• Tight schedules: Quick turnarounds create pressure to complete tasks within stringent timeframes, requiring efficient time management and scheduling to prevent delays.
  • Unforeseen risks: Unpredictable risks introduce unexpected events or circumstances that can disrupt project progress and require prompt and effective mitigation strategies to minimize their impact.

Managing these risks through proactive planning, monitoring, and mitigation strategies is crucial for ensuring project success. 

The future of project control

As technology evolves, project control is bound to grow in the coming years. AI and ML methodologies are bound to make their way into project processes, enabling project managers to predict project outcomes and identify risks. Overall, AI will help improve resource and cost allocation for projects.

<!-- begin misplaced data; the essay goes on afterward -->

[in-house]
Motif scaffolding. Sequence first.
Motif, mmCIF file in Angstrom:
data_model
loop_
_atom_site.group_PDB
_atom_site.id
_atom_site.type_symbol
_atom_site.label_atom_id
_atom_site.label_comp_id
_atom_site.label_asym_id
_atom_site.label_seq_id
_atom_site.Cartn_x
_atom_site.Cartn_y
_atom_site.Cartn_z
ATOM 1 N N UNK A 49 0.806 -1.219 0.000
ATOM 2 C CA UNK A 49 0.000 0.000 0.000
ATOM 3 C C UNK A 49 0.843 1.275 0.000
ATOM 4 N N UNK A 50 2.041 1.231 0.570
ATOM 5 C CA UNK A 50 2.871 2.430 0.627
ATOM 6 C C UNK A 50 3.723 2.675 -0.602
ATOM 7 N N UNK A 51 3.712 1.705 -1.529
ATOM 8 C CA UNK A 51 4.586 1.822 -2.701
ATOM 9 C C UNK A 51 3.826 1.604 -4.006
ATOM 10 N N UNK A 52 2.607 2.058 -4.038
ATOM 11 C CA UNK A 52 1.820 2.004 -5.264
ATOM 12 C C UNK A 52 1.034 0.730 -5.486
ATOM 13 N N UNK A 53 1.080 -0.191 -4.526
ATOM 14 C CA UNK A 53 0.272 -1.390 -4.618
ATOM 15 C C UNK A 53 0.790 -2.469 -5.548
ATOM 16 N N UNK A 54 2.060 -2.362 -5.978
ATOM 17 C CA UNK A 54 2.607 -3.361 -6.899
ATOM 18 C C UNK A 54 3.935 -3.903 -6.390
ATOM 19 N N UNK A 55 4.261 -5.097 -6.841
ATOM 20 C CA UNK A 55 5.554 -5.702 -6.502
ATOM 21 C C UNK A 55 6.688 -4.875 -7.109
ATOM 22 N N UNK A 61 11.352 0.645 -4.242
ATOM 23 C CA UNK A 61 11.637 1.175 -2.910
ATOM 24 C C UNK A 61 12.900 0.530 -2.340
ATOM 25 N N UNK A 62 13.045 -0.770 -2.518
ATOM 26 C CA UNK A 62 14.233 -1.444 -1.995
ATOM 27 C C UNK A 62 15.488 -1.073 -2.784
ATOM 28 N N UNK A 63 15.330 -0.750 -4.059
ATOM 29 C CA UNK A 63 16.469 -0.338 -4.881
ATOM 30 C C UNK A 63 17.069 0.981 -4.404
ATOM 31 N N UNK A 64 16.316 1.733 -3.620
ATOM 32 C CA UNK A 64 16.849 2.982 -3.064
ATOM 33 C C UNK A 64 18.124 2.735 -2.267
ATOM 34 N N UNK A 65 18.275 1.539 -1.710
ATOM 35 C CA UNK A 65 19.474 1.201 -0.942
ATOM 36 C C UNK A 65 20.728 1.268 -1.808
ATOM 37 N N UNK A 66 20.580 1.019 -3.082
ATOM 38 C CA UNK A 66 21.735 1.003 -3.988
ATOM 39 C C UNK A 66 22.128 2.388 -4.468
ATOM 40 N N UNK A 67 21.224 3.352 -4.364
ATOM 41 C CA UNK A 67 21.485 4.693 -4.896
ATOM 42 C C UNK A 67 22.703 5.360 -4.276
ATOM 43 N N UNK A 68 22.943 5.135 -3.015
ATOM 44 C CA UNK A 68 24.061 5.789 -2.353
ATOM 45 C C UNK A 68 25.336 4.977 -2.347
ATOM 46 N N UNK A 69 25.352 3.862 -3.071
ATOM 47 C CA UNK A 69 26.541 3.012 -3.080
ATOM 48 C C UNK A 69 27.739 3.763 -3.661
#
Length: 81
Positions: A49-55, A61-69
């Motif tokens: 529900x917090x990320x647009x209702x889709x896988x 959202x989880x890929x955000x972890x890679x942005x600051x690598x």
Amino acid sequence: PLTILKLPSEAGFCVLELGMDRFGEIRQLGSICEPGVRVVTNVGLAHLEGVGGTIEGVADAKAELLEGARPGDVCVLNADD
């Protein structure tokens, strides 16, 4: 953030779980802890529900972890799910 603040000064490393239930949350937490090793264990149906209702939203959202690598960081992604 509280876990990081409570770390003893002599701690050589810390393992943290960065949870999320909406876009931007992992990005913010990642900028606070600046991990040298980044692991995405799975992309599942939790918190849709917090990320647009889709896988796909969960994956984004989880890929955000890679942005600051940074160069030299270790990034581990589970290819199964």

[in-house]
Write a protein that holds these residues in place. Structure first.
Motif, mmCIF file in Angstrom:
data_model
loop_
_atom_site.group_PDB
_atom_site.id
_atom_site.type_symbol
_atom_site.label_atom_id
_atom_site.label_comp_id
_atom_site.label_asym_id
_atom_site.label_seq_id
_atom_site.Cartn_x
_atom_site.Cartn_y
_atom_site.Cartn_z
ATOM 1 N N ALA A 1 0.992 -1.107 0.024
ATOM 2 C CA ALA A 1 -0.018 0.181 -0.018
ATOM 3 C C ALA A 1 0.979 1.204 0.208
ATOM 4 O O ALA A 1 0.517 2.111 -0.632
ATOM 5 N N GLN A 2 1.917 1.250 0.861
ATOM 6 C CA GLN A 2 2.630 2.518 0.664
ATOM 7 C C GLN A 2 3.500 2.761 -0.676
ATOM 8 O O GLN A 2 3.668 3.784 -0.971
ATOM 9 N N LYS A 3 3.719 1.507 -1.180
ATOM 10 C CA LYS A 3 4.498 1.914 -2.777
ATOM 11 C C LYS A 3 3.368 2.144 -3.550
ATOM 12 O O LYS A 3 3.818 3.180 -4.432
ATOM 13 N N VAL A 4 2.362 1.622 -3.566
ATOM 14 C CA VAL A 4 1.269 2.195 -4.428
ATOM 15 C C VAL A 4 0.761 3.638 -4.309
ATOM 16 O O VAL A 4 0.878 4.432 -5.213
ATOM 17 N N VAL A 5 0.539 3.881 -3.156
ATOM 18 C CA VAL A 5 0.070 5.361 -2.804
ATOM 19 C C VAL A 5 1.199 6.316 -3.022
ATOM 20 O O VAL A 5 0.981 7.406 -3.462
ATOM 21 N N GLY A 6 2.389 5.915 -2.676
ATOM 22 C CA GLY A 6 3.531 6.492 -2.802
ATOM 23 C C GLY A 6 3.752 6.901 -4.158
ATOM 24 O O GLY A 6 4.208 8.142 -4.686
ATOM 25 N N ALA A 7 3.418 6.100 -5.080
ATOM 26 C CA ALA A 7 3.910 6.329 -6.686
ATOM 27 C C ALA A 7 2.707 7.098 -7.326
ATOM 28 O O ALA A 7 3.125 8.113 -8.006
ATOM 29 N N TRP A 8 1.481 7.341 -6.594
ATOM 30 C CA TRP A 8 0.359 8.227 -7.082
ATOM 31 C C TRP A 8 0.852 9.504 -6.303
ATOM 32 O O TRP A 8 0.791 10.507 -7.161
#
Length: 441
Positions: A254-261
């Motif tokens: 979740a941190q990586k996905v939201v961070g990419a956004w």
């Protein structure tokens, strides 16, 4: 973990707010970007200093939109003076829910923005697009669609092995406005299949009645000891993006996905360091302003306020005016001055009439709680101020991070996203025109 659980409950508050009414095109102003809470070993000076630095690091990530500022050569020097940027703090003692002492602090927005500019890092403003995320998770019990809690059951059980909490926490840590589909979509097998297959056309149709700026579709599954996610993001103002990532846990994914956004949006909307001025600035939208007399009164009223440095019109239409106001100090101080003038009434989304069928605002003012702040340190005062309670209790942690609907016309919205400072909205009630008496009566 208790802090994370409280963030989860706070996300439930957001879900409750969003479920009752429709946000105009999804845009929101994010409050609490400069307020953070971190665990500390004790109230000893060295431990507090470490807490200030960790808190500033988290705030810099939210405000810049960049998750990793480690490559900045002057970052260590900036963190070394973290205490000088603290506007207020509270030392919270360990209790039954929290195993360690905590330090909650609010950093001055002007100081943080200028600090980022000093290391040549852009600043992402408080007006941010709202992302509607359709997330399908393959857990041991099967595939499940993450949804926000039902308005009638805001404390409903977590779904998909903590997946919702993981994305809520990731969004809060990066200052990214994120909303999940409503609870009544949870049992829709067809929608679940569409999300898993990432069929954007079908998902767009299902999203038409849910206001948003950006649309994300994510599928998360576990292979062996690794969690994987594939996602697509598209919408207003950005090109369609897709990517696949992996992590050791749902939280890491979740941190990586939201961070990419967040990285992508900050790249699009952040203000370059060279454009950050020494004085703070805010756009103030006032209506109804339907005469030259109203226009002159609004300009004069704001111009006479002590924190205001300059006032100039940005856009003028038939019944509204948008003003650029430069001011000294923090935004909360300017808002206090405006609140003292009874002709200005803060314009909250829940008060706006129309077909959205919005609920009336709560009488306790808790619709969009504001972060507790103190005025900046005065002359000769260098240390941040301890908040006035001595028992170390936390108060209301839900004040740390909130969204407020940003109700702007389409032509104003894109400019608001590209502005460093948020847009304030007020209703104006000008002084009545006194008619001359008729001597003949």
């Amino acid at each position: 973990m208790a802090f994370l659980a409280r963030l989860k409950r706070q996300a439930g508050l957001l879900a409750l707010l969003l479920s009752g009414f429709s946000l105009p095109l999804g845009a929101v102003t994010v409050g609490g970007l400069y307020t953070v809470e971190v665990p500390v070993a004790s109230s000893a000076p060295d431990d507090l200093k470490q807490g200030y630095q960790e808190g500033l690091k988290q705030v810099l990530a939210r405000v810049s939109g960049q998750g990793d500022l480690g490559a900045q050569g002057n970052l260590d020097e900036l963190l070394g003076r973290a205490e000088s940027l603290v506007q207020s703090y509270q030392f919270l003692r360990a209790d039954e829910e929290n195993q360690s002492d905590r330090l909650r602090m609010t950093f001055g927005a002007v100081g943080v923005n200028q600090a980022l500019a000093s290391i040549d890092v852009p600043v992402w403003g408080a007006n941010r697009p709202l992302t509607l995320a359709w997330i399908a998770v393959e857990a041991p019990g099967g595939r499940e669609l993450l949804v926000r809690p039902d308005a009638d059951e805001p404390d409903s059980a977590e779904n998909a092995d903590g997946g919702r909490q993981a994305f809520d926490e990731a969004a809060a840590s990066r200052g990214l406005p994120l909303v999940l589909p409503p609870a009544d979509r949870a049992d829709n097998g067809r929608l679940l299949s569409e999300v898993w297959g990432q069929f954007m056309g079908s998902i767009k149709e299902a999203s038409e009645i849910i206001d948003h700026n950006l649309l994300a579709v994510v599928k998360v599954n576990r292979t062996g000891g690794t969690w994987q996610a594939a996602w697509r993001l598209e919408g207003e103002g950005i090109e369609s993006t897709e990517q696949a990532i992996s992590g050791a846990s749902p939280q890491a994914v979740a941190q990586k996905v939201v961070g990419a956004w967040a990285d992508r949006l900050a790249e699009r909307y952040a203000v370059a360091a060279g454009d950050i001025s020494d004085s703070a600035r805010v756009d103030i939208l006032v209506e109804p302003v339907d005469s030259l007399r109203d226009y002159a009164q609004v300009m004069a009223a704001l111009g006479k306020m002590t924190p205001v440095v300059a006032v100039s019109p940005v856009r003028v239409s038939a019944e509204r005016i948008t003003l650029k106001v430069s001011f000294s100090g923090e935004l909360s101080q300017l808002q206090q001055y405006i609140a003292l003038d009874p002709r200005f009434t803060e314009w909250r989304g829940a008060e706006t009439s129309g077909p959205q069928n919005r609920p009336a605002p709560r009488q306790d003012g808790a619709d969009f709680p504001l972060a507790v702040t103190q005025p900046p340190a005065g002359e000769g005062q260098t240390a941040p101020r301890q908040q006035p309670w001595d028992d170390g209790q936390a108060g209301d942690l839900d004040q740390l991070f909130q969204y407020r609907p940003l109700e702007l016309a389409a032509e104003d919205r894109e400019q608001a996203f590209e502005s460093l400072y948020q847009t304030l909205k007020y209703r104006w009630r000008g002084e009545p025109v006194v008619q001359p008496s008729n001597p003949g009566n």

In 2024, organizations have embraced Agile methodologies. Next, project control must continue to evolve while focusing on innovation.


To sum up this post, one thing is clear: Project control is crucial for a project manager to ensure project success.  

However, project control is not merely a concept to be understood but a discipline to be embraced. Project control only succeeds with careful planning, steady commitment, and immense dedication.

Lastly, in addition to the techniques in this article, it is crucial to find the right tools to enhance efficiency, improve outcomes, and achieve the project goal. Hubstaff drives productivity for work teams by automating time tracking processes, workforce management, and productivity metrics, making it a one-app solution for project control.

Category: Project Management